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FDA Approves Ustekinumab for Ulcerative Colitis

Ustekinumab (Stelara) is now FDA-approved to treat moderately to severely active ulcerative colitis, said drugmaker Janssen on Monday, in addition to its indications for psoriasis, psoriatic arthritis, and Crohn's disease.

Approval was based primarily on results from the Johnson & Johnson unit's UNIFI trial, in which subcutaneous injections of ustekinumab led to clinical remission rates of 38%-44% after 12 months, depending on the dosing interval (12 and 8 weeks, respectively), versus 24% in a placebo group.

Janssen also boasted that ustekinumab "is the first and only approved treatment for ulcerative colitis to demonstrate improvement of the colon as measured by a novel histologic-endoscopic mucosal improvement endpoint" -- a composite of histologic examination and visual inspection during colonoscopy. The company noted, however, that it's unclear whether this biomarker is predictive of long-term clinical outcomes.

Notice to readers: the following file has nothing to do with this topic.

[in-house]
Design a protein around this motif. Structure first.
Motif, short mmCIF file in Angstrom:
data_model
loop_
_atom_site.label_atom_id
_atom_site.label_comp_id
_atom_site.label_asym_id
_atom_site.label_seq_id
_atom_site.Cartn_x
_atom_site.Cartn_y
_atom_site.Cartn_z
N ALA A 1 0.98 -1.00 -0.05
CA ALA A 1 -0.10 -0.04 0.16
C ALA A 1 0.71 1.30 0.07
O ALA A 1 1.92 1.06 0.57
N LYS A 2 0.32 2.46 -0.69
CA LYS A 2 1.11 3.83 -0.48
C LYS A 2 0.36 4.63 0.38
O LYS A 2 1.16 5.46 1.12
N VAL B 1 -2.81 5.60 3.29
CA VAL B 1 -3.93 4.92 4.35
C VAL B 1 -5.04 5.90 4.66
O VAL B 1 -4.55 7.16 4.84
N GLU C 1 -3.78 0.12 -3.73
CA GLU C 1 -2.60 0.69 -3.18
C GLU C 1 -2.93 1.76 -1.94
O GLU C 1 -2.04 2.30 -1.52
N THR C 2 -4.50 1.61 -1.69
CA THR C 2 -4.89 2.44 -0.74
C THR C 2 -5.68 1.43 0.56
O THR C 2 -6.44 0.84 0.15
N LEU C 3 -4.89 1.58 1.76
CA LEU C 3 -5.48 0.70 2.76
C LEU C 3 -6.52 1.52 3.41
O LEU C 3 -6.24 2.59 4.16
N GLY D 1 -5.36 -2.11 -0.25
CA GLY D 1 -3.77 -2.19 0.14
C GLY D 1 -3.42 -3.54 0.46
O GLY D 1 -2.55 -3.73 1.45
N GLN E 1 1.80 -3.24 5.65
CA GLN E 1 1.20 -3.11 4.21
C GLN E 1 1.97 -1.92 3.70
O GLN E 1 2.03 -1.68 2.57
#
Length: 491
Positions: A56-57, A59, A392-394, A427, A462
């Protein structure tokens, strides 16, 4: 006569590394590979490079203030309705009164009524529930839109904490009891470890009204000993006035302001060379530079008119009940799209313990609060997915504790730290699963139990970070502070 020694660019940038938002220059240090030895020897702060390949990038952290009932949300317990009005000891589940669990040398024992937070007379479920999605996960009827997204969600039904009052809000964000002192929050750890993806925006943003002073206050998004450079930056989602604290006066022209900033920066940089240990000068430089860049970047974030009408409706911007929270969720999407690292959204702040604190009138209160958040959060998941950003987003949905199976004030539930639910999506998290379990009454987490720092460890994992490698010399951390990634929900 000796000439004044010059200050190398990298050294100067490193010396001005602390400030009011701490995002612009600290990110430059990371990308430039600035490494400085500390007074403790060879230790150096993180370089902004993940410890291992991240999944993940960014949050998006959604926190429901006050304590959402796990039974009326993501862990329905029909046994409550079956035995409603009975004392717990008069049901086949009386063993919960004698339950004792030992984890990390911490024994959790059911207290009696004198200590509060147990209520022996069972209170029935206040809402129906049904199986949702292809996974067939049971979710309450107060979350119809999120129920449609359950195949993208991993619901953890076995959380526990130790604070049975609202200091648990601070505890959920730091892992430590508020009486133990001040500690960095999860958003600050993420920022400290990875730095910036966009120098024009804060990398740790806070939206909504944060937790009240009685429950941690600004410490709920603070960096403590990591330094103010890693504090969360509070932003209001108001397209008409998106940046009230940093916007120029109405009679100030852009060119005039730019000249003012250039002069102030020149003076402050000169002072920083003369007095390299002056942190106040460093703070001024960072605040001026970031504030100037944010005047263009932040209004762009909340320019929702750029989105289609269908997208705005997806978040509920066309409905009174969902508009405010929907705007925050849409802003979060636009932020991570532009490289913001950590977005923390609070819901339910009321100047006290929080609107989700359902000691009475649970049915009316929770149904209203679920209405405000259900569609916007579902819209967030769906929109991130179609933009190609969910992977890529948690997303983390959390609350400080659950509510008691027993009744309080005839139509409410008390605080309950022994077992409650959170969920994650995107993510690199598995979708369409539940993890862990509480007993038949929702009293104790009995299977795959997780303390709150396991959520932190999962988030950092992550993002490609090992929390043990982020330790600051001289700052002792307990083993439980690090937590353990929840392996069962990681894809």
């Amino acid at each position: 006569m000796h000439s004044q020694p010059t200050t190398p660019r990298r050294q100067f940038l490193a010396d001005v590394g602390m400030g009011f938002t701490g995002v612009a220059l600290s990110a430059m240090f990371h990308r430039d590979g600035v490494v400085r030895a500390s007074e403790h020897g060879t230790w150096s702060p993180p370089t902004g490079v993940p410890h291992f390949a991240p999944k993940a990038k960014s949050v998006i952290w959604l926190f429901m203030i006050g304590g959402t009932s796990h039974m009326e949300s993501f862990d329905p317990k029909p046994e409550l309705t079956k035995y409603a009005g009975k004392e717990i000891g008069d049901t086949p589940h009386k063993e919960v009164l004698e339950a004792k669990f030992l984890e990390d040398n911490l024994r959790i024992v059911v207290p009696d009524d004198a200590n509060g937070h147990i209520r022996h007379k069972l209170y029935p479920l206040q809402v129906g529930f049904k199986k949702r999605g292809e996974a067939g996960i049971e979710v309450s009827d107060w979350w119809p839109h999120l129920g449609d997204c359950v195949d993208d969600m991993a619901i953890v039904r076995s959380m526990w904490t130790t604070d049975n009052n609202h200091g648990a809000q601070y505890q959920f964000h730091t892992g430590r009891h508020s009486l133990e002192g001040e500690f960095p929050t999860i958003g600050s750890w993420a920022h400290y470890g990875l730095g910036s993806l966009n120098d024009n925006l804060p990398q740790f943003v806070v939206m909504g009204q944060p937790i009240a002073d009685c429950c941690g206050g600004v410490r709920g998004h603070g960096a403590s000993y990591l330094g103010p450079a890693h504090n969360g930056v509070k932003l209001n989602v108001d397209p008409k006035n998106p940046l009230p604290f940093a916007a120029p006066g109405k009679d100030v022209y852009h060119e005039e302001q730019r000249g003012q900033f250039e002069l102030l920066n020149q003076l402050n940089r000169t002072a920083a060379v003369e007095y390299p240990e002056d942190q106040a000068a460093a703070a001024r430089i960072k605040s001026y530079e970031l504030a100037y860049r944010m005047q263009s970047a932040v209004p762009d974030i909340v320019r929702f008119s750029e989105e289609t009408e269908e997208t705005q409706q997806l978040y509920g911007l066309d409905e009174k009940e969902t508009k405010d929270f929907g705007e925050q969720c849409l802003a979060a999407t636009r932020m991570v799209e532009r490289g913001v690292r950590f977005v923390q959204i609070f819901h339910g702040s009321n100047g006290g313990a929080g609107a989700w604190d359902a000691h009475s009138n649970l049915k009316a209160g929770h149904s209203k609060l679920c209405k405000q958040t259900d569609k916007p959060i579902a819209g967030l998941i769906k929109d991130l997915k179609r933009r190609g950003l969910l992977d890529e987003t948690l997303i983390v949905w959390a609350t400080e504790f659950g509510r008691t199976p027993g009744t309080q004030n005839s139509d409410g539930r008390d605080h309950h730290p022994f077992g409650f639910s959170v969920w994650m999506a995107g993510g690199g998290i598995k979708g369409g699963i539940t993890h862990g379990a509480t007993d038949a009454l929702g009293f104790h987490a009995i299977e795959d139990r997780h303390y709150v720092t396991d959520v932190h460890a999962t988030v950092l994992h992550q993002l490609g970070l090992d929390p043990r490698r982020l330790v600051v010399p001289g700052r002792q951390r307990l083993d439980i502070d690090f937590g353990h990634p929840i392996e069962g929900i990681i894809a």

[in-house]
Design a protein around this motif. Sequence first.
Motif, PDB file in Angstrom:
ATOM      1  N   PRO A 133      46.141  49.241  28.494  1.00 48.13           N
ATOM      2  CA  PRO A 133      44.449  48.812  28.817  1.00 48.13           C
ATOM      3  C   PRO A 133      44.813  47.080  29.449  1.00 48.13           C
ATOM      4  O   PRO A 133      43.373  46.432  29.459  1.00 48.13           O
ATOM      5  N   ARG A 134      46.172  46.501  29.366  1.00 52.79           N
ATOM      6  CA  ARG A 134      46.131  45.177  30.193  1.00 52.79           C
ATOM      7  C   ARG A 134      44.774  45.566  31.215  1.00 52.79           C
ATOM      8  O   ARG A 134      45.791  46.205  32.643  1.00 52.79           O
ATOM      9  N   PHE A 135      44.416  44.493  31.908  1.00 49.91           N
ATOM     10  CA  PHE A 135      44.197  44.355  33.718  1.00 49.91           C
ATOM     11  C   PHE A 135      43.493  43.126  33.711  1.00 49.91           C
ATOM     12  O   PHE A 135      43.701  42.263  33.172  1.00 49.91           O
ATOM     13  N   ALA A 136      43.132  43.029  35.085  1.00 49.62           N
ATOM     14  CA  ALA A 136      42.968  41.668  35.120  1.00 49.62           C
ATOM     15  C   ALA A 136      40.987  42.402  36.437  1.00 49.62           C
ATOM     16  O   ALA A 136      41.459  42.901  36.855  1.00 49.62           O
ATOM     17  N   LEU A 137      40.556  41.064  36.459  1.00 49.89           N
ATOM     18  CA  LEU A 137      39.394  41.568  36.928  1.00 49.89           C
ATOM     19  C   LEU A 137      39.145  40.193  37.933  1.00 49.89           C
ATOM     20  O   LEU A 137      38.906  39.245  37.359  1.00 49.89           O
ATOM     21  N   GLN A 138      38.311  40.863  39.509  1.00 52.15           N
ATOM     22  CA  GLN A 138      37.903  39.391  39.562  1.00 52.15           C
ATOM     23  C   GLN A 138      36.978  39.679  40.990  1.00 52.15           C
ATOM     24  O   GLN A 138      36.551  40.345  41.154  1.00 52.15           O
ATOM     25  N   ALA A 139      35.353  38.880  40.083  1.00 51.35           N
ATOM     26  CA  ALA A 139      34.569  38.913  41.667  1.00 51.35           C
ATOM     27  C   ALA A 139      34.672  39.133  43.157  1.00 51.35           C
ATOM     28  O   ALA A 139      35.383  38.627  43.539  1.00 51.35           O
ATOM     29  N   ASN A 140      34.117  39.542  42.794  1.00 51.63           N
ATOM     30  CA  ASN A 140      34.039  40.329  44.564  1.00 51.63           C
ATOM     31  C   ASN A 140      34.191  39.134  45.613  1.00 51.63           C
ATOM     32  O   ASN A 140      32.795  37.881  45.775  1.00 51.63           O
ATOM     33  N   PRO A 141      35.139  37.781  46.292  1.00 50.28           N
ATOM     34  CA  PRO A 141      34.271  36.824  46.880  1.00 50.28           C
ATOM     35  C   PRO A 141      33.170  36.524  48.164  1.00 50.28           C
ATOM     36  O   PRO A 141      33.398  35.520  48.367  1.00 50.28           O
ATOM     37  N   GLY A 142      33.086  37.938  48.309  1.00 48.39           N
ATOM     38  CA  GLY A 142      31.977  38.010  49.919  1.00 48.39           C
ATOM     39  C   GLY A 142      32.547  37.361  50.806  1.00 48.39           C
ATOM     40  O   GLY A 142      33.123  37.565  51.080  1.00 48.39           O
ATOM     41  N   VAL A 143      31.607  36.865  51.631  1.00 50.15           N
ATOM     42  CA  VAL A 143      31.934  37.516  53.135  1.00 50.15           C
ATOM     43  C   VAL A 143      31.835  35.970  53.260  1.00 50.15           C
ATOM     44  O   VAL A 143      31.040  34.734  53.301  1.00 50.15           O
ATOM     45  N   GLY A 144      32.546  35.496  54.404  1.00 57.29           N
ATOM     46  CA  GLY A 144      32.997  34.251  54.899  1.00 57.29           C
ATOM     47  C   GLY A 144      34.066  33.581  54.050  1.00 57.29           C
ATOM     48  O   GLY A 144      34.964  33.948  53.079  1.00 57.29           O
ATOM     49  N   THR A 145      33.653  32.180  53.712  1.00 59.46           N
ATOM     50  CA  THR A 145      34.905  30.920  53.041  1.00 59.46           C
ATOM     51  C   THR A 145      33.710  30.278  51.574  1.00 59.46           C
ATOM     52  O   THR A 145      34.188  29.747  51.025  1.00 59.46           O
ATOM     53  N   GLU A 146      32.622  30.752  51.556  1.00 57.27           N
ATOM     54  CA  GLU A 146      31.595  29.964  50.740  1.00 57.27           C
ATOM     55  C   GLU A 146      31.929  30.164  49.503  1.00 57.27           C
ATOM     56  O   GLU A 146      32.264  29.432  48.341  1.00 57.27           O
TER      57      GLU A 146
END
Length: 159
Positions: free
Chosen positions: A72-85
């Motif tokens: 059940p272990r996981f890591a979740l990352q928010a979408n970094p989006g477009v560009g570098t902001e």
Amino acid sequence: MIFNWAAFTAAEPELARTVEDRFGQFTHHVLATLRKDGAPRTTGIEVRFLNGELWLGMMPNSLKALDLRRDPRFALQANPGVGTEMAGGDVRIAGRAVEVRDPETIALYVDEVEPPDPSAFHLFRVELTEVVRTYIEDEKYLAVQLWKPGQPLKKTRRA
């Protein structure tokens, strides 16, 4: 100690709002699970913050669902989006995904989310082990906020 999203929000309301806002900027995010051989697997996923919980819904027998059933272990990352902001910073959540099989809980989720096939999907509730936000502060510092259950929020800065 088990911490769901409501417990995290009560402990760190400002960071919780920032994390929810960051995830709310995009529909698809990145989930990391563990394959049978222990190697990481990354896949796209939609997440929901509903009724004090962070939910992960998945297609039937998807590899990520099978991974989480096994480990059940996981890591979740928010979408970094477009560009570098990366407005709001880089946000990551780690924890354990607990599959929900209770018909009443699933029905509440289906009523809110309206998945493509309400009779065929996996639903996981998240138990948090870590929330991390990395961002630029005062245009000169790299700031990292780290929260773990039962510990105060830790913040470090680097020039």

Ustekinumab targets the IL-12 and IL-23 interleukin cytokines. It was first approved 10 years ago for treating adults with moderate to severe plaque psoriasis, with a series of label expansions in the years following.

The drug comes with a number of cautions, particularly increased risk for infections, as well as a rare but life-threatening complication known as reversible posterior leukoencephalopathy syndrome that has been seen with a number of immune-modulating therapies.

The author has no conflicts of interest to disclose related to this subject

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